A New Zealander and an Australian have been sentenced to life in prison for the murder of a Gold Coast cannabis dealer who was strangled in a robbery gone wrong, and a second New Zealander has been acquitted.

New Zealanders David Galloway and Malakai Lui, both 20, and Australian Dustin Johnston, 37, faced a murder trial in the Queensland Supreme Court over the death of Daniel Dwyer, 46.

Today, a Brisbane jury convicted Johnston and Lui of Mr Dwyer's murder, and acquitted Galloway, who was released from custody, the Sydney Morning Herald reported.

Justice James Douglas sentenced Lui and Johnston to life with a non-parole period of 15 years.

Mr Dwyer died on August 6, 2008, at his unit in Biggera Waters on the Gold Coast.

He was found dead with his hands and feet bound.

During the trial, the jury heard that all three accused had visited the man's unit on the day he died.

Poor health and alcoholism may have contributed to the death of the "eccentric" drug dealer, the jury was told.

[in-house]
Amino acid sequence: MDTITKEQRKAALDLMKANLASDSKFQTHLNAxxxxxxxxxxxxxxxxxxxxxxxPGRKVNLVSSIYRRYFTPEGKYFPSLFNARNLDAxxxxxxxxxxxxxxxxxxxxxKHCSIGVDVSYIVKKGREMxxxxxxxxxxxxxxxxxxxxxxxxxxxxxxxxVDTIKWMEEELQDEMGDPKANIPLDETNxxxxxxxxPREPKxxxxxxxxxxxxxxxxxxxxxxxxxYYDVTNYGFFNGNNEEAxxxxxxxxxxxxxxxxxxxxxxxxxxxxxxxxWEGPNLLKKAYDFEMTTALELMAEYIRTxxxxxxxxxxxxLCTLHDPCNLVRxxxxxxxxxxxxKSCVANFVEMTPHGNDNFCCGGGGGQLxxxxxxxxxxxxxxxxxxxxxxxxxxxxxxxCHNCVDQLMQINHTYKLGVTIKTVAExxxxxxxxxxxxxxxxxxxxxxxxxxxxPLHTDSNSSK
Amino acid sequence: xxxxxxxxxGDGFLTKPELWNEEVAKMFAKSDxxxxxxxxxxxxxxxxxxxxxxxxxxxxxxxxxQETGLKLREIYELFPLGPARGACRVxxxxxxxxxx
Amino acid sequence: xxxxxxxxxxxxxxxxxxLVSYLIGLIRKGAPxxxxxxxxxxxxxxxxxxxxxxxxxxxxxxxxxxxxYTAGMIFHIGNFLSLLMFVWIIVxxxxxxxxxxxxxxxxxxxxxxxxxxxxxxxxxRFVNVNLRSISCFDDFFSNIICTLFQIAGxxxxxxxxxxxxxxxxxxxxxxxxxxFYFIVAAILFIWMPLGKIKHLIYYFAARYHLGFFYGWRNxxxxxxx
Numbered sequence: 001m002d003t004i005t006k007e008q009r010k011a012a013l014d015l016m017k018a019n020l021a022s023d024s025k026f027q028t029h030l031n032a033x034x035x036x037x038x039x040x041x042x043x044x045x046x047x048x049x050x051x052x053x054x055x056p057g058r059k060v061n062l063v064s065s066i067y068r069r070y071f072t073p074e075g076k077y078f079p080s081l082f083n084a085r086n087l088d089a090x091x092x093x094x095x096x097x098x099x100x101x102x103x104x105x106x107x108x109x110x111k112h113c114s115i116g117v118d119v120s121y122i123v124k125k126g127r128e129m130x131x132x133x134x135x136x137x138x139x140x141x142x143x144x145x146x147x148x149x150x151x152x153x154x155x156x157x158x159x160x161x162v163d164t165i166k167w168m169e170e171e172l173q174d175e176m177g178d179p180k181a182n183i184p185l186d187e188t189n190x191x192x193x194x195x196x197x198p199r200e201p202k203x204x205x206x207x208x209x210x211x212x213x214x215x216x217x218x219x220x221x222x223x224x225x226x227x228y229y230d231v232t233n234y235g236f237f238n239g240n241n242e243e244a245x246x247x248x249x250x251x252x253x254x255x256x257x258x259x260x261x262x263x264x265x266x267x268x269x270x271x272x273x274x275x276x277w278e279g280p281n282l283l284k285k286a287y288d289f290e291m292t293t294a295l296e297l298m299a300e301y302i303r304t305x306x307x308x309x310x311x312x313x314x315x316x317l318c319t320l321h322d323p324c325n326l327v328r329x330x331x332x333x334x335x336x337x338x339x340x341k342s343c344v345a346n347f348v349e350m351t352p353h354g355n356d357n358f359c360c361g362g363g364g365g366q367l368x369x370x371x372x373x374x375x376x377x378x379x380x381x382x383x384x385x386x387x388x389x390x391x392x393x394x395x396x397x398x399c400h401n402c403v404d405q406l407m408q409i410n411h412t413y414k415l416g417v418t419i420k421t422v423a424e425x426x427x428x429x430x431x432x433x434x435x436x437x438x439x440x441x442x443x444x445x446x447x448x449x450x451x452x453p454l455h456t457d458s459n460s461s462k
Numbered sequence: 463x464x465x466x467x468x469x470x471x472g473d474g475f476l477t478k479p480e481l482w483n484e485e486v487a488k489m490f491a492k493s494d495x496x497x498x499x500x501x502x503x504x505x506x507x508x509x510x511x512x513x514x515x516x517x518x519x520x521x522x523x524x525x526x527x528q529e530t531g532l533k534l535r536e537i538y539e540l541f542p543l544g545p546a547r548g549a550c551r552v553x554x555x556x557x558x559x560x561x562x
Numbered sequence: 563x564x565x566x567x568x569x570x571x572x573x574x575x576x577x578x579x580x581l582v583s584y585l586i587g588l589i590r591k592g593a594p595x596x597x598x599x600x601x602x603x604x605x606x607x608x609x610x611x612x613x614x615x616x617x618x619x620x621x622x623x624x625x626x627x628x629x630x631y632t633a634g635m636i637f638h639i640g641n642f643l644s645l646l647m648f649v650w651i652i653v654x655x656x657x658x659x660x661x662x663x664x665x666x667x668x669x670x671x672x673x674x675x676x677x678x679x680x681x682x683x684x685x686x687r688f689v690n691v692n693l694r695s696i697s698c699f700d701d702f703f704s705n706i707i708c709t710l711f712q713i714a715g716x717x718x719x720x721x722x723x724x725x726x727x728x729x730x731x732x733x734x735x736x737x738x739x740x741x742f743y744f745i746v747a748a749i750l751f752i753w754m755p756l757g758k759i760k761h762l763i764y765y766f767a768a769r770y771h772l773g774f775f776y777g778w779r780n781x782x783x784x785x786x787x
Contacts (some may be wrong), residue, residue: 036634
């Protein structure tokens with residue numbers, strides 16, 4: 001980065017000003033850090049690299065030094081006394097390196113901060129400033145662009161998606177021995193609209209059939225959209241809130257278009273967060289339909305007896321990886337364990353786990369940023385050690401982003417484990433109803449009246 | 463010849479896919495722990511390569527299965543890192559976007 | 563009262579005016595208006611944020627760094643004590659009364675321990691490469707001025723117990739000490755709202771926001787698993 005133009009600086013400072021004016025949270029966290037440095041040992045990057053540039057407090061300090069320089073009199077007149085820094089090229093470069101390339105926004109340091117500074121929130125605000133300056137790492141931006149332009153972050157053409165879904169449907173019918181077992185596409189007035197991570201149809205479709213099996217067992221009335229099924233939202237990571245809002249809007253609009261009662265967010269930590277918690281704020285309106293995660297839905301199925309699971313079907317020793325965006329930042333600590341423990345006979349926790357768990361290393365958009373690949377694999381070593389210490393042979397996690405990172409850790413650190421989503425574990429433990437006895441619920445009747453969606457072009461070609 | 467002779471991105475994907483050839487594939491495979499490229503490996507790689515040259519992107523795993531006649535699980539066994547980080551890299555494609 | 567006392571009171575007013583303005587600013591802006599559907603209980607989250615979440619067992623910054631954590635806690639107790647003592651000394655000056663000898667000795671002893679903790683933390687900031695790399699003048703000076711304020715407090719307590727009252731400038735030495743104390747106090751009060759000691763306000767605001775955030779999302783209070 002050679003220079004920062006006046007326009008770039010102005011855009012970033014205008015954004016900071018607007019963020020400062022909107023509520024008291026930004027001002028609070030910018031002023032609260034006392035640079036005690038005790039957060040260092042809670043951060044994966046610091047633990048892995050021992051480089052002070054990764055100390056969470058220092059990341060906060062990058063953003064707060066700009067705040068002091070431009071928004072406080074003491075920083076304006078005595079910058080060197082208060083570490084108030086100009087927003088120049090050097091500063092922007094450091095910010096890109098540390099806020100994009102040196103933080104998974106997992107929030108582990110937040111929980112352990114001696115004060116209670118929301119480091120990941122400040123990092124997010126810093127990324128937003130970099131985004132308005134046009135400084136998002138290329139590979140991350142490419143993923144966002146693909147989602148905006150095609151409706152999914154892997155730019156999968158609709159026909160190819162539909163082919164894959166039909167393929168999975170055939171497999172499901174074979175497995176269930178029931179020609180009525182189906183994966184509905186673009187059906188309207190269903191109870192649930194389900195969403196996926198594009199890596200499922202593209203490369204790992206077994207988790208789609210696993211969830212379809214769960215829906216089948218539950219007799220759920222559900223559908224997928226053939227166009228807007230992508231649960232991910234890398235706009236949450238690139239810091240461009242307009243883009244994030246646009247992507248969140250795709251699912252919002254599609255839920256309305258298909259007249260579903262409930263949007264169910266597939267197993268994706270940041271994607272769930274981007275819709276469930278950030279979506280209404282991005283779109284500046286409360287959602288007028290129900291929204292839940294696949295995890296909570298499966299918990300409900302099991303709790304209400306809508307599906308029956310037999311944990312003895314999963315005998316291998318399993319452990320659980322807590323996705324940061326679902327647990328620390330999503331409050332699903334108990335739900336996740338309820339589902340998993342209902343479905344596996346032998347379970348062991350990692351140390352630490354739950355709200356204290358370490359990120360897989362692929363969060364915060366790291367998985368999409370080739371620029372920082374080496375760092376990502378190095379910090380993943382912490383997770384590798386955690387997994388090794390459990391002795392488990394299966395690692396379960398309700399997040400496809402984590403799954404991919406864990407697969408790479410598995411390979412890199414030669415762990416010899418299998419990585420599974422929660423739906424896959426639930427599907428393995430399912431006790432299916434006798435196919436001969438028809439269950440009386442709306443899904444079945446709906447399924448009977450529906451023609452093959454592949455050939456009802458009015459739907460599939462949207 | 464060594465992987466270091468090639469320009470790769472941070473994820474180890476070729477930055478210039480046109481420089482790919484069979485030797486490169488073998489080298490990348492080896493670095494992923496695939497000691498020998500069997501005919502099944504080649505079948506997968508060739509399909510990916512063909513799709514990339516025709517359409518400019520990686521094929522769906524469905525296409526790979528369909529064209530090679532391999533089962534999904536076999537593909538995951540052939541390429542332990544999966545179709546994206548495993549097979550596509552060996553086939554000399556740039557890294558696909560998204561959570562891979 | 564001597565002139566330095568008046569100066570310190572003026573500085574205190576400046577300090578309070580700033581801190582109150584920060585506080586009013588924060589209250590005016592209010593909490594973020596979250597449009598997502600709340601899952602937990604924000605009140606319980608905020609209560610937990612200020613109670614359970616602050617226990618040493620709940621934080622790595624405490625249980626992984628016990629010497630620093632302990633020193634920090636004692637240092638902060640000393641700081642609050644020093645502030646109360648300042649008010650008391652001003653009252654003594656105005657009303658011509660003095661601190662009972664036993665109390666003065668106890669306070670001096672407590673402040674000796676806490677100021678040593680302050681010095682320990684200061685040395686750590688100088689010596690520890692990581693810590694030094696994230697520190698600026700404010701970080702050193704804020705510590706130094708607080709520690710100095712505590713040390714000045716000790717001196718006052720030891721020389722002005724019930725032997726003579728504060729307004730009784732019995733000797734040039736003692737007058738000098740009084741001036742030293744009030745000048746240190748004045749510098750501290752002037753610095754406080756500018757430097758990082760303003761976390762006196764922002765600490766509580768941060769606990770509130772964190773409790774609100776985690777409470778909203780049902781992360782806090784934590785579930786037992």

The jury heard evidence from a pathologist that Mr Dwyer had heart disease and emphysema, and was regularly heavily intoxicated on alcohol and cannabis.

The trial was also told Lui confided in an undercover police officer inside a jail cell and told him the robbery job "went wrong".

The New Zealander, who had fled home, spoke to the officer in January 2009 in the Southport police station after he was extradited from across the Tasman.

Lui said he barely knew Johnston before he took some speed with him and Galloway and went to rob Mr Dwyer.

He blamed Johnston for the death and said it was him who taped Dwyer's face with duct tape.

"The dumb **** goes and puts telephone cord around his neck and has nothing to do with the plan, hey mate, it was just meant to be in and out," Lui said.

Lui later told police in an interview that he had put one piece of duct tape around Mr Dwyer's mouth but, when he went to search the house, Johnston had put tape around the rest of Mr Dwyer's head.

He expected some later drug purchaser would untie Mr Dwyer, but said to police: "I thought I'd be going to jail for a very long time if no one found him."